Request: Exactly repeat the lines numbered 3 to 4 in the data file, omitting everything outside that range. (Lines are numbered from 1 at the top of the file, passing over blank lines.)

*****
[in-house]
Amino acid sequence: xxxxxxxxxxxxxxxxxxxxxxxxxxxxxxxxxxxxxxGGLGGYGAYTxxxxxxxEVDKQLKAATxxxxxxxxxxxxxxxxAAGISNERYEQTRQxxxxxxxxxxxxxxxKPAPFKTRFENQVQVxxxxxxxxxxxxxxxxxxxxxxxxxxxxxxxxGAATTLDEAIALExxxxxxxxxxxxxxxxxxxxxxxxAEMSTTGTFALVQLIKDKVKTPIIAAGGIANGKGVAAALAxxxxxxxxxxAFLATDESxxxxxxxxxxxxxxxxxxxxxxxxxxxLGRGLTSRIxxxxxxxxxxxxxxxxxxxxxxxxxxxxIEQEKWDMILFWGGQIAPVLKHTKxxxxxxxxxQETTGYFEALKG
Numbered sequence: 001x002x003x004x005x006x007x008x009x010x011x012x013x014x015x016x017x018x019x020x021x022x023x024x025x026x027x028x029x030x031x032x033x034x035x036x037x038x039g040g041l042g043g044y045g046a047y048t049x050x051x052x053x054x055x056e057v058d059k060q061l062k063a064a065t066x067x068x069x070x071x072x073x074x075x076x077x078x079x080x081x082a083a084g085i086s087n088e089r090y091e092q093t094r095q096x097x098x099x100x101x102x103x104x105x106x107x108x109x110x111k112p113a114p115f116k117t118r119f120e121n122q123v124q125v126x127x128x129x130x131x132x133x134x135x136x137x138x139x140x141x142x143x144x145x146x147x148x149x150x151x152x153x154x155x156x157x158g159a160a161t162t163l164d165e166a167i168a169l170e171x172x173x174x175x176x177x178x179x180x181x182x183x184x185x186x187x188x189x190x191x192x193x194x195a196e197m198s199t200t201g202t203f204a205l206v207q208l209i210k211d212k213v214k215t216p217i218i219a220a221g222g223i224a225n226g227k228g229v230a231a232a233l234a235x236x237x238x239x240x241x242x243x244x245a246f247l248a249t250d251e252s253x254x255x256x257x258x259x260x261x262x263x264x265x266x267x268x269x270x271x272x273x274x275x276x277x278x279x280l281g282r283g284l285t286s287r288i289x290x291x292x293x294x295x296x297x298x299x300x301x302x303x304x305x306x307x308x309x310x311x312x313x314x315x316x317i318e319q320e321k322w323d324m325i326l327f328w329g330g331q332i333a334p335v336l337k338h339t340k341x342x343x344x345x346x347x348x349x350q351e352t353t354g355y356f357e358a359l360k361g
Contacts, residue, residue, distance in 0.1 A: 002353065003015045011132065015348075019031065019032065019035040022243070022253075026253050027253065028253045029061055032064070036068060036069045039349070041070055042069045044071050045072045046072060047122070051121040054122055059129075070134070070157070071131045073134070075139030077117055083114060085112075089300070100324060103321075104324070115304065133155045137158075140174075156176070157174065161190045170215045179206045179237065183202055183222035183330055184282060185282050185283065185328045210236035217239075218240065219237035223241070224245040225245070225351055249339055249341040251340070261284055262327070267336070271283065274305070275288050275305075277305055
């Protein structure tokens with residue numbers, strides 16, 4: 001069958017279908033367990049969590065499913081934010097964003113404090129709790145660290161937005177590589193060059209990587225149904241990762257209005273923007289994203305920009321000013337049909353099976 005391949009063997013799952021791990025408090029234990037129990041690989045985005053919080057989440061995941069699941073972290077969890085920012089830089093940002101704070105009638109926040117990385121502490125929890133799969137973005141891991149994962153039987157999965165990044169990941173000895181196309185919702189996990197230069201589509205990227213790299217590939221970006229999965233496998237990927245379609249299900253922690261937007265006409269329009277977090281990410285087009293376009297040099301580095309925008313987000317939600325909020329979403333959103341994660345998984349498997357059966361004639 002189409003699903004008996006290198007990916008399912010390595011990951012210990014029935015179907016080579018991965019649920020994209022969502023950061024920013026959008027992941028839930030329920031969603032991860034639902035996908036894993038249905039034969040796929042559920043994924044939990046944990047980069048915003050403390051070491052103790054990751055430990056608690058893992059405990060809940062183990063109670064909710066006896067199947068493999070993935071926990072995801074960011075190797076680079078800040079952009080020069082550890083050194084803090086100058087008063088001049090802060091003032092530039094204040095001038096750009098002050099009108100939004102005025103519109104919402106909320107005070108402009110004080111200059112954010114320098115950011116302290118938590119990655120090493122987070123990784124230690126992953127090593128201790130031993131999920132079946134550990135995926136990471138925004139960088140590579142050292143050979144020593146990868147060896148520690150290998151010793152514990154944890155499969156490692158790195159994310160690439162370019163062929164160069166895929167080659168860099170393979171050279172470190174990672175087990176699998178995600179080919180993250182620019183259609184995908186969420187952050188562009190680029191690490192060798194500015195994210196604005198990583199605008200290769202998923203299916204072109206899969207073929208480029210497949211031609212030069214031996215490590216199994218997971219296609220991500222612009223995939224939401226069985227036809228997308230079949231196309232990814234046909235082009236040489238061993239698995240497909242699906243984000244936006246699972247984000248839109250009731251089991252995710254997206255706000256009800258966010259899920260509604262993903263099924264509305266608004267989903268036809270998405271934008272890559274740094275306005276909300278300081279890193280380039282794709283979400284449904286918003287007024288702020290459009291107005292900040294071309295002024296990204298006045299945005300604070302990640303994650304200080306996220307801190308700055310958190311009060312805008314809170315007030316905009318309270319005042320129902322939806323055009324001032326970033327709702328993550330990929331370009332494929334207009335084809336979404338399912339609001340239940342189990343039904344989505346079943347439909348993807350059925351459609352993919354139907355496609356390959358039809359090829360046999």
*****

Numbered sequence: 001x002x003x004x005x006x007x008x009x010x011x012x013x014x015x016x017x018x019x020x021x022x023x024x025x026x027x028x029x030x031x032x033x034x035x036x037x038x039g040g041l042g043g044y045g046a047y048t049x050x051x052x053x054x055x056e057v058d059k060q061l062k063a064a065t066x067x068x069x070x071x072x073x074x075x076x077x078x079x080x081x082a083a084g085i086s087n088e089r090y091e092q093t094r095q096x097x098x099x100x101x102x103x104x105x106x107x108x109x110x111k112p113a114p115f116k117t118r119f120e121n122q123v124q125v126x127x128x129x130x131x132x133x134x135x136x137x138x139x140x141x142x143x144x145x146x147x148x149x150x151x152x153x154x155x156x157x158g159a160a161t162t163l164d165e166a167i168a169l170e171x172x173x174x175x176x177x178x179x180x181x182x183x184x185x186x187x188x189x190x191x192x193x194x195a196e197m198s199t200t201g202t203f204a205l206v207q208l209i210k211d212k213v214k215t216p217i218i219a220a221g222g223i224a225n226g227k228g229v230a231a232a233l234a235x236x237x238x239x240x241x242x243x244x245a246f247l248a249t250d251e252s253x254x255x256x257x258x259x260x261x262x263x264x265x266x267x268x269x270x271x272x273x274x275x276x277x278x279x280l281g282r283g284l285t286s287r288i289x290x291x292x293x294x295x296x297x298x299x300x301x302x303x304x305x306x307x308x309x310x311x312x313x314x315x316x317i318e319q320e321k322w323d324m325i326l327f328w329g330g331q332i333a334p335v336l337k338h339t340k341x342x343x344x345x346x347x348x349x350q351e352t353t354g355y356f357e358a359l360k361g
Contacts, residue, residue, distance in 0.1 A: 002353065003015045011132065015348075019031065019032065019035040022243070022253075026253050027253065028253045029061055032064070036068060036069045039349070041070055042069045044071050045072045046072060047122070051121040054122055059129075070134070070157070071131045073134070075139030077117055083114060085112075089300070100324060103321075104324070115304065133155045137158075140174075156176070157174065161190045170215045179206045179237065183202055183222035183330055184282060185282050185283065185328045210236035217239075218240065219237035223241070224245040225245070225351055249339055249341040251340070261284055262327070267336070271283065274305070275288050275305075277305055